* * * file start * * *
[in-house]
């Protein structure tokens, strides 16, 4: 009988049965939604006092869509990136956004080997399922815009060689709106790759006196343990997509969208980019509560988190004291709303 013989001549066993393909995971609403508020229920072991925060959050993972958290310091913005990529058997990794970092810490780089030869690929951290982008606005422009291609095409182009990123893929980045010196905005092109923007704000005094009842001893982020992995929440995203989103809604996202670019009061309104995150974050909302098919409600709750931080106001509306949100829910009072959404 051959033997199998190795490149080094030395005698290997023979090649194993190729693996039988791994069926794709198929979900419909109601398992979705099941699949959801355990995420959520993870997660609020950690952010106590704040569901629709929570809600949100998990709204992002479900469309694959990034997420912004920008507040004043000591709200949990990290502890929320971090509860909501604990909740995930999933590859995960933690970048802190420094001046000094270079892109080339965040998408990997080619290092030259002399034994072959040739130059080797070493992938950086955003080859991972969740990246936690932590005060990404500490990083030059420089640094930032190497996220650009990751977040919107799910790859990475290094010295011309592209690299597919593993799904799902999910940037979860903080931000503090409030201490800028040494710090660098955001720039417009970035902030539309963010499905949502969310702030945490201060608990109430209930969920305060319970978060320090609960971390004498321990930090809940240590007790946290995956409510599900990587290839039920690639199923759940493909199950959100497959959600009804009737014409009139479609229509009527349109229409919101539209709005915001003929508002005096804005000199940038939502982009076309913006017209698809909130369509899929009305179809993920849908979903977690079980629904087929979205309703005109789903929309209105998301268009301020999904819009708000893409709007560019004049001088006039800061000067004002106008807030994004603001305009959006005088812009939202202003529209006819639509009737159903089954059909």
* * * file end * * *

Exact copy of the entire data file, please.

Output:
[in-house]
């Protein structure tokens, strides 16, 4: 009988049965939604006092869509990136956004080997399922815009060689709106790759006196343990997509969208980019509560988190004291709303 013989001549066993393909995971609403508020229920072991925060959050993972958290310091913005990529058997990794970092810490780089030869690929951290982008606005422009291609095409182009990123893929980045010196905005092109923007704000005094009842001893982020992995929440995203989103809604996202670019009061309104995150974050909302098919409600709750931080106001509306949100829910009072959404 051959033997199998190795490149080094030395005698290997023979090649194993190729693996039988791994069926794709198929979900419909109601398992979705099941699949959801355990995420959520993870997660609020950690952010106590704040569901629709929570809600949100998990709204992002479900469309694959990034997420912004920008507040004043000591709200949990990290502890929320971090509860909501604990909740995930999933590859995960933690970048802190420094001046000094270079892109080339965040998408990997080619290092030259002399034994072959040739130059080797070493992938950086955003080859991972969740990246936690932590005060990404500490990083030059420089640094930032190497996220650009990751977040919107799910790859990475290094010295011309592209690299597919593993799904799902999910940037979860903080931000503090409030201490800028040494710090660098955001720039417009970035902030539309963010499905949502969310702030945490201060608990109430209930969920305060319970978060320090609960971390004498321990930090809940240590007790946290995956409510599900990587290839039920690639199923759940493909199950959100497959959600009804009737014409009139479609229509009527349109229409919101539209709005915001003929508002005096804005000199940038939502982009076309913006017209698809909130369509899929009305179809993920849908979903977690079980629904087929979205309703005109789903929309209105998301268009301020999904819009708000893409709007560019004049001088006039800061000067004002106008807030994004603001305009959006005088812009939202202003529209006819639509009737159903089954059909």